romonko reviewed this
Rated 5/5
I agree with a number of people that this is a great series and that this book is where the series steps over to be a serious contender in the great mystery series genre. I have enjoyed the books up to now, but they did not really prepare me for the complexity of this novel. Robinson's Chief Inspector Banks is a wonderful creation. This is a book that blends the past and the present and Robinson does this seamlessly. We flit back and forth from present-day England to England during the Second World War. The book is definitely more than an exciting murder mystery. It is an exploration of human behaviour and it is very provocatively written. Banks is currently suffering a bit both in his career and in his personal life, so when a skeleton is discovered buried under a reservoir that has dried up due to drought, he knows that this case will be one that will reshape his career and hopefully add some meaning to his life as he has been trying to get used to be separated from his wife of 20 years. Even he doesn't anticipate where pursuit of the solution of this case will take him. For anyone who loves to read intelligently written British police procedural mysteries, do not miss Peter Robinson.
charlie68_1 reviewed this
Rated 2/5
At times a very poorly written book, filled with characters that talk in noithing but cliches. The character of Inspector Banks I found extremely disappointing, as colourless as they come. This is my intro to Robinson and this character I hope the other books are better. The plot was intriguing along with the history, but otherwise I wish I could take back the book.
craso_3 reviewed this
Rated 5/5
The small village of Hobb's End in England was turned into a reservoir a few years after World War II. A dry spell has caused the water level to recede and the town has reappeared. When a young boy is playing in the abandoned village, he falls through an out building roof and discovers a woman's skeleton. Chief Inspector Banks is called in by a superior, who has a grudge against him, to investigate the fifty year old crime. With the help of DC Annie Cabot, Banks delves into the past to discover who this woman was and why anyone would want to kill her.I enjoy reading novels that teach me something about the past. This mystery brings back to life the people who lived in a small British village during World War II. There are details about rationing, traveling, blackouts, and the destruction of the blitz. The story switches between the modern day and the 1940's, and does so seamlessly. I was never confused about where I was or when. This is a straightforward procedural mystery with a historical twist. It was a great read.
edgoldberg reviewed this
Rated 4/5
My first Inspector Banks book and I'm a fan. Even though I started in the middle of the series, it didn't matter. Banks is in hot water with his commanding officer, Riddle, so Riddle sends him on a non-sense case. His co-worker on the case is Annie Cabbot, also persona non-grata.It is the mid-90s. Thirteen year old Adam Kelley was playing in the dried up reservoir that was once the town of Hobbs End (it was flooded in the early 1950s to make the reservoir) when he fell off a roof into what was originally an outhouse. His arm sinks in the mud and when he pulls it out, he's holding the skeleton of a human hand. Banks and Cabbot are called to the scene. Robinson alternates between current events (the police procedures to find information about the victim and her associates) and a narrative of the times leading up to the murder, since murder it is.The story has a nice blend of the varying time frames and readers get a great sense of life in rural England during WW II. The current activity is interesting as the police find it difficult to get dated information. They must surmise, guess, etc.In a Dry Season held my interest from the first page and I read it as non-stop as I could in order to find out what happened. I'm not a big British mystery fan, but this may change my mind. It's a great read.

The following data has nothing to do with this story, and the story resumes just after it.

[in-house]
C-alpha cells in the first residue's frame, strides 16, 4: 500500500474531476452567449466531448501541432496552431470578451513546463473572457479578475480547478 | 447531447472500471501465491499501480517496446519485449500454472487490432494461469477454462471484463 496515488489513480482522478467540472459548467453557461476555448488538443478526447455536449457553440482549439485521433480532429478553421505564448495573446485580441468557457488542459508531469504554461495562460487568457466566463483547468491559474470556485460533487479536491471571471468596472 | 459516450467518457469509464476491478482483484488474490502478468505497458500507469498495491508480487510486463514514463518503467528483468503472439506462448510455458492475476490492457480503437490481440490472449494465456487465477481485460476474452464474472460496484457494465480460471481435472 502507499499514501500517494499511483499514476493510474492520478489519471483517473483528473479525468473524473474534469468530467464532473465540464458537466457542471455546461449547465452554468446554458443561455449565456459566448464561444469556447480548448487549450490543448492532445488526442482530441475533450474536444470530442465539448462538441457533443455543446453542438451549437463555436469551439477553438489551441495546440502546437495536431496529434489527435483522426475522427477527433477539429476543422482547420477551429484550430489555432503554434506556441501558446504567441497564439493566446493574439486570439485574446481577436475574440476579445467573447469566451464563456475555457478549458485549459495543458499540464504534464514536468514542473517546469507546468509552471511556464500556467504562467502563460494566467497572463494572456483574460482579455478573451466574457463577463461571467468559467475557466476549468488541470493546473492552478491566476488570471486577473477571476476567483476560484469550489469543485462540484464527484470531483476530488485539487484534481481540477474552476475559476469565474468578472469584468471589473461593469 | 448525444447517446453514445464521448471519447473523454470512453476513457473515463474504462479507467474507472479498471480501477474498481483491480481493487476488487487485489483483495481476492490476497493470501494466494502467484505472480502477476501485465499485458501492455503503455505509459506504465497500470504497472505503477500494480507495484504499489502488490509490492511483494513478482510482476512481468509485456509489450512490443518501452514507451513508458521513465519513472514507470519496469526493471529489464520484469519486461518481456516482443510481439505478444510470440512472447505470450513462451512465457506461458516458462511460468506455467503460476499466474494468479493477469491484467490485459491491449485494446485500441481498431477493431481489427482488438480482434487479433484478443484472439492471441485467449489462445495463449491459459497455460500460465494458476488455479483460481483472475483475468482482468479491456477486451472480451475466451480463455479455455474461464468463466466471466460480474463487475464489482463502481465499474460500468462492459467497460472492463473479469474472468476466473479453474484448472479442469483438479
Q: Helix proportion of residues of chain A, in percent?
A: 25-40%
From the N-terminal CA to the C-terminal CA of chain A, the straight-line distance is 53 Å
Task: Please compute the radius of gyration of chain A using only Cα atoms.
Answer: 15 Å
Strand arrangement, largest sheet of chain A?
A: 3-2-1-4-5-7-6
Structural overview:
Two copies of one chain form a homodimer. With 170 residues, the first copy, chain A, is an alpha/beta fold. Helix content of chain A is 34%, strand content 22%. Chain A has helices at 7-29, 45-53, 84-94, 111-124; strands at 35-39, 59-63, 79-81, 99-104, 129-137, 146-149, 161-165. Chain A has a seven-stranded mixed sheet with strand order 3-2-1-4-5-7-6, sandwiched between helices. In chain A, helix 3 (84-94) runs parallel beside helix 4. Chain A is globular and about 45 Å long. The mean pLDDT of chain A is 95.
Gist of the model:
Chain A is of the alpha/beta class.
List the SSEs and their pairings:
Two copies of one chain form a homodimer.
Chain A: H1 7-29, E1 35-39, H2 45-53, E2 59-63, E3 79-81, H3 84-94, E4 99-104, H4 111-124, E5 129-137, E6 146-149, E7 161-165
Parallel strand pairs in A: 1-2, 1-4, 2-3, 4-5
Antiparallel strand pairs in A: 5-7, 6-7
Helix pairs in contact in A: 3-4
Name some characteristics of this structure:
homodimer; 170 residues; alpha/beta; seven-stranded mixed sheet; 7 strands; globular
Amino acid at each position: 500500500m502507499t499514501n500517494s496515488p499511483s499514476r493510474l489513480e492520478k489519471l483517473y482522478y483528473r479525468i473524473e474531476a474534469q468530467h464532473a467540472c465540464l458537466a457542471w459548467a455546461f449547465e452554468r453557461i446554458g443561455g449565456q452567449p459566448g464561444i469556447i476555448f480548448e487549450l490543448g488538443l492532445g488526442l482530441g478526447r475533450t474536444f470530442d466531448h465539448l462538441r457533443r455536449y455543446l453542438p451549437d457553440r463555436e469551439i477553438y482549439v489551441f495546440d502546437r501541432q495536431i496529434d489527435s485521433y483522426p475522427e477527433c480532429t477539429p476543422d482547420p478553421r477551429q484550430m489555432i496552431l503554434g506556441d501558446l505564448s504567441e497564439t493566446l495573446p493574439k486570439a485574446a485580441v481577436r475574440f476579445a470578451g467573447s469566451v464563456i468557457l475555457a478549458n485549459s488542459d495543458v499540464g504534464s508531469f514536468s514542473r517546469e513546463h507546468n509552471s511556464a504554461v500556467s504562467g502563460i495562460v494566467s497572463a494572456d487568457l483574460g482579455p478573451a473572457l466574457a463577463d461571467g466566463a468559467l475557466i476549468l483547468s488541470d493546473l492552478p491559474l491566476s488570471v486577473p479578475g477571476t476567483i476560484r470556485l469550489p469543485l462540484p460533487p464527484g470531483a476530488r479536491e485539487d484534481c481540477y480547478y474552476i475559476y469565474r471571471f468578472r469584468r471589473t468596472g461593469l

darrol_1 reviewed this
Rated 3/5
Usually I do not like books with retrospective narration paralleling the current plot. But in this case, with the insight into the British home front during World War II, it was interesting.
oregonreader reviewed this
Rated 4/5
This is one of a series of 16 books about Inspector Alan Banks. Set in the English Midlands, each book follows the solving of a crime and also follows the events of his private life. In a Dry Season is the best of the series, taking place when his marriage has ended and he is struggling in his professional life. The mystery involves a murder committed at the end of World War II and it is fascinating the way pieces of the puzzles are slowly fit together. A really first rate mystery writer.

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P. 1
In a Dry Season